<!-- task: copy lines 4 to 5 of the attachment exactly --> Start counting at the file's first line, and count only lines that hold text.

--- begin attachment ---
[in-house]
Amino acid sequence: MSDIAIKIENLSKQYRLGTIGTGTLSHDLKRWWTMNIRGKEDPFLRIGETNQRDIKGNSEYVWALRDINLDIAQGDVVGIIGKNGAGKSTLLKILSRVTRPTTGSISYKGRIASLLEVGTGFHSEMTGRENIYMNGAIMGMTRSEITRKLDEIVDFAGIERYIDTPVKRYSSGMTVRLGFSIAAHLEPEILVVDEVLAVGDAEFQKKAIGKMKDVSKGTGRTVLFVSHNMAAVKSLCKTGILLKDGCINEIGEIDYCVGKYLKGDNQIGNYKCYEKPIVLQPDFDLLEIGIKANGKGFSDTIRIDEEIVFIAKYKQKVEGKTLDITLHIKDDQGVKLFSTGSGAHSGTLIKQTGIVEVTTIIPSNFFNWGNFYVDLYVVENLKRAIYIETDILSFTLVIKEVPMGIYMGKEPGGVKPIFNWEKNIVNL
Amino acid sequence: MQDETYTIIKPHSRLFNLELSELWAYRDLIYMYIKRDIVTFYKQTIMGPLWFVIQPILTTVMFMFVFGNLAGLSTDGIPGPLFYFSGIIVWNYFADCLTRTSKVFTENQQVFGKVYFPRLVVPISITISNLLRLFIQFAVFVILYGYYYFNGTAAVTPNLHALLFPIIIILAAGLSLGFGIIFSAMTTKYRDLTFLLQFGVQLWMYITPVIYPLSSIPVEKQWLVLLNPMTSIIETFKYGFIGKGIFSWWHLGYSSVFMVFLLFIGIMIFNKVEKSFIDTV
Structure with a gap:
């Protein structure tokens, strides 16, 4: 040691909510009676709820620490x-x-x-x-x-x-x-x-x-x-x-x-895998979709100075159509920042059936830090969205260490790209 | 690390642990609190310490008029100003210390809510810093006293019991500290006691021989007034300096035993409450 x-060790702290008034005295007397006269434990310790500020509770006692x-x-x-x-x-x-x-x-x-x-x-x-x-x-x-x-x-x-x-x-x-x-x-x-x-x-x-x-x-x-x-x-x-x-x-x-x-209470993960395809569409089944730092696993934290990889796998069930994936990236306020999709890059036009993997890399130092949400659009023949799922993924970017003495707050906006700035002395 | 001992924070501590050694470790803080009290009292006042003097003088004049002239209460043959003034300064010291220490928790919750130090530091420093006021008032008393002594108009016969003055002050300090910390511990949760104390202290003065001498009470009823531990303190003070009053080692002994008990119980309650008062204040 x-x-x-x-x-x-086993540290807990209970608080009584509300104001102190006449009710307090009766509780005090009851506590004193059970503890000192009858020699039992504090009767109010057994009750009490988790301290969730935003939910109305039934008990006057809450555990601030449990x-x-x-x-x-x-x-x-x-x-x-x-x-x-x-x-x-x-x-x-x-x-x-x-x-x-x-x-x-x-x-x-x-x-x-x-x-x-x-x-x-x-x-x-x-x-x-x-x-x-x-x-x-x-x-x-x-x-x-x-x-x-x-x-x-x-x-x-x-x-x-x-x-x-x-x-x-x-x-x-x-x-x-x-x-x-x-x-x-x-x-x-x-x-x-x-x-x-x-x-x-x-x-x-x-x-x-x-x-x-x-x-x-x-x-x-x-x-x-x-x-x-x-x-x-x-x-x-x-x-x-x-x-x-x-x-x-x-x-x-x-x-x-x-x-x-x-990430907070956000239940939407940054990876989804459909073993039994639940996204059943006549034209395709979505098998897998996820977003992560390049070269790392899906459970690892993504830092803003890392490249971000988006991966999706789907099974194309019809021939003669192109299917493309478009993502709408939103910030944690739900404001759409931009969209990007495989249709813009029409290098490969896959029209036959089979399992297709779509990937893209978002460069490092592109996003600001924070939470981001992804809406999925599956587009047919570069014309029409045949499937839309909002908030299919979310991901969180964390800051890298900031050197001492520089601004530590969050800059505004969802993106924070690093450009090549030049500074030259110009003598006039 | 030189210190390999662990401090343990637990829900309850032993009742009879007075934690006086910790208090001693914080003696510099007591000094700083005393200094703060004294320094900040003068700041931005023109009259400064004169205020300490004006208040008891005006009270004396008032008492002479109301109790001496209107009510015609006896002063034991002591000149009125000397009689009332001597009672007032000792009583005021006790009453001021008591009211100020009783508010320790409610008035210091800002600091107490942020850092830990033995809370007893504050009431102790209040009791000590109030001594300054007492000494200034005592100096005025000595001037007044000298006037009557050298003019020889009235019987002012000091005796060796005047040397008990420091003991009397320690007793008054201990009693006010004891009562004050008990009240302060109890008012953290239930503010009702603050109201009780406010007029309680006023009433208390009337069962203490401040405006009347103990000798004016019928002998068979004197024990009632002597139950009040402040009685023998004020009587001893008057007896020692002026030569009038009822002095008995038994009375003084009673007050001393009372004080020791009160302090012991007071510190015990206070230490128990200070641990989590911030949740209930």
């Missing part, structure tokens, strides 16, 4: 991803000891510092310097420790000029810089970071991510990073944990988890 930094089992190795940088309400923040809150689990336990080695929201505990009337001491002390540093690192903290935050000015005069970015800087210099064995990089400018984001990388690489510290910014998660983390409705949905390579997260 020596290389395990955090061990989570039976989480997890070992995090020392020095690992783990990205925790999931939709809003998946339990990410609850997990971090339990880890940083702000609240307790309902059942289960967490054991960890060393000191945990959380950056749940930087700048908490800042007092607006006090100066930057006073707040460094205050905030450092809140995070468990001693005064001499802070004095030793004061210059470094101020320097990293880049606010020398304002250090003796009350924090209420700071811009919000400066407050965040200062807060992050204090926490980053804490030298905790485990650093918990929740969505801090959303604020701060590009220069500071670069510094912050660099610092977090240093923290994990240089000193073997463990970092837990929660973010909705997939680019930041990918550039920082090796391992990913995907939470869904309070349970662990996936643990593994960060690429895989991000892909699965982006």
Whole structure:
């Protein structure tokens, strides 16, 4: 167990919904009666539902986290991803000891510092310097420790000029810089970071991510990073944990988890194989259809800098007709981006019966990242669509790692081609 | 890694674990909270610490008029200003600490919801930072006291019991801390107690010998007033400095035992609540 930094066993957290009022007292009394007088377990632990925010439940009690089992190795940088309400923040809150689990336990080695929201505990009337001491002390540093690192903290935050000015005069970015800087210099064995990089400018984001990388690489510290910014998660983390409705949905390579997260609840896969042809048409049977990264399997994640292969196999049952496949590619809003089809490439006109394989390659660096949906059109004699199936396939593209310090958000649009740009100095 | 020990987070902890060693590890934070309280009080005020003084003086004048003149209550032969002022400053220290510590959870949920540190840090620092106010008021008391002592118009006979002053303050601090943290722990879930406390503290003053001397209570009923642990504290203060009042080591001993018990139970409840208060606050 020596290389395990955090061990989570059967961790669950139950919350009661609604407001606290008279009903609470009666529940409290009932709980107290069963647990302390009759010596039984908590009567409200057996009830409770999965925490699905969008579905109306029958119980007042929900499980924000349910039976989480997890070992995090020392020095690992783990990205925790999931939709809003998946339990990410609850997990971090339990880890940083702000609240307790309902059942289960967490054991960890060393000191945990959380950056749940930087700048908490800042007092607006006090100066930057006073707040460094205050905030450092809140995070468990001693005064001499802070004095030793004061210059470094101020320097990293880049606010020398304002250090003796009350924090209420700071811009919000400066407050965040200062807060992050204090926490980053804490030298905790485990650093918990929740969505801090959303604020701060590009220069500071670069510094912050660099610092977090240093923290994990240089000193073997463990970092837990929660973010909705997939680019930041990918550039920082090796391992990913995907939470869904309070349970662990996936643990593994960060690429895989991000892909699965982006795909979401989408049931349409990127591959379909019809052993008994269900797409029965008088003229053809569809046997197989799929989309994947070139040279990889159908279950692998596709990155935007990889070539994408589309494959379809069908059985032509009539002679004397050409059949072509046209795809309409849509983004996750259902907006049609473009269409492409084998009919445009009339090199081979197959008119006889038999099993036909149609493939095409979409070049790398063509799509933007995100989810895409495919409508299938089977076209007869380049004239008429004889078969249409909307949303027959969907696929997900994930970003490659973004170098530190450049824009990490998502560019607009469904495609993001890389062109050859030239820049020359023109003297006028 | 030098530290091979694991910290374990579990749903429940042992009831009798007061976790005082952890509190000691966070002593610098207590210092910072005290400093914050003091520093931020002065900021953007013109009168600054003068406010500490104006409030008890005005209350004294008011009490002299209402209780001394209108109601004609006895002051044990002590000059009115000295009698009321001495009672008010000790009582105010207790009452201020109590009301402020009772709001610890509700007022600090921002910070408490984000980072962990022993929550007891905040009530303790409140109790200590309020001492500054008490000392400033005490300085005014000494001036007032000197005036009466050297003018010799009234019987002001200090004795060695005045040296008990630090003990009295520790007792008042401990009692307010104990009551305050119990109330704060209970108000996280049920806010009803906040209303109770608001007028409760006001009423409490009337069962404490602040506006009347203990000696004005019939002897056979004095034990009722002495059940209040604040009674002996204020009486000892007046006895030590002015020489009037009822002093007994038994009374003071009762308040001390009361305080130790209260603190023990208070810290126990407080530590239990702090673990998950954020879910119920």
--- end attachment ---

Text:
Structure with a gap:
């Protein structure tokens, strides 16, 4: 040691909510009676709820620490x-x-x-x-x-x-x-x-x-x-x-x-895998979709100075159509920042059936830090969205260490790209 | 690390642990609190310490008029100003210390809510810093006293019991500290006691021989007034300096035993409450 x-060790702290008034005295007397006269434990310790500020509770006692x-x-x-x-x-x-x-x-x-x-x-x-x-x-x-x-x-x-x-x-x-x-x-x-x-x-x-x-x-x-x-x-x-x-x-x-x-209470993960395809569409089944730092696993934290990889796998069930994936990236306020999709890059036009993997890399130092949400659009023949799922993924970017003495707050906006700035002395 | 001992924070501590050694470790803080009290009292006042003097003088004049002239209460043959003034300064010291220490928790919750130090530091420093006021008032008393002594108009016969003055002050300090910390511990949760104390202290003065001498009470009823531990303190003070009053080692002994008990119980309650008062204040 x-x-x-x-x-x-086993540290807990209970608080009584509300104001102190006449009710307090009766509780005090009851506590004193059970503890000192009858020699039992504090009767109010057994009750009490988790301290969730935003939910109305039934008990006057809450555990601030449990x-x-x-x-x-x-x-x-x-x-x-x-x-x-x-x-x-x-x-x-x-x-x-x-x-x-x-x-x-x-x-x-x-x-x-x-x-x-x-x-x-x-x-x-x-x-x-x-x-x-x-x-x-x-x-x-x-x-x-x-x-x-x-x-x-x-x-x-x-x-x-x-x-x-x-x-x-x-x-x-x-x-x-x-x-x-x-x-x-x-x-x-x-x-x-x-x-x-x-x-x-x-x-x-x-x-x-x-x-x-x-x-x-x-x-x-x-x-x-x-x-x-x-x-x-x-x-x-x-x-x-x-x-x-x-x-x-x-x-x-x-x-x-x-x-x-x-990430907070956000239940939407940054990876989804459909073993039994639940996204059943006549034209395709979505098998897998996820977003992560390049070269790392899906459970690892993504830092803003890392490249971000988006991966999706789907099974194309019809021939003669192109299917493309478009993502709408939103910030944690739900404001759409931009969209990007495989249709813009029409290098490969896959029209036959089979399992297709779509990937893209978002460069490092592109996003600001924070939470981001992804809406999925599956587009047919570069014309029409045949499937839309909002908030299919979310991901969180964390800051890298900031050197001492520089601004530590969050800059505004969802993106924070690093450009090549030049500074030259110009003598006039 | 030189210190390999662990401090343990637990829900309850032993009742009879007075934690006086910790208090001693914080003696510099007591000094700083005393200094703060004294320094900040003068700041931005023109009259400064004169205020300490004006208040008891005006009270004396008032008492002479109301109790001496209107009510015609006896002063034991002591000149009125000397009689009332001597009672007032000792009583005021006790009453001021008591009211100020009783508010320790409610008035210091800002600091107490942020850092830990033995809370007893504050009431102790209040009791000590109030001594300054007492000494200034005592100096005025000595001037007044000298006037009557050298003019020889009235019987002012000091005796060796005047040397008990420091003991009397320690007793008054201990009693006010004891009562004050008990009240302060109890008012953290239930503010009702603050109201009780406010007029309680006023009433208390009337069962203490401040405006009347103990000798004016019928002998068979004197024990009632002597139950009040402040009685023998004020009587001893008057007896020692002026030569009038009822002095008995038994009375003084009673007050001393009372004080020791009160302090012991007071510190015990206070230490128990200070641990989590911030949740209930």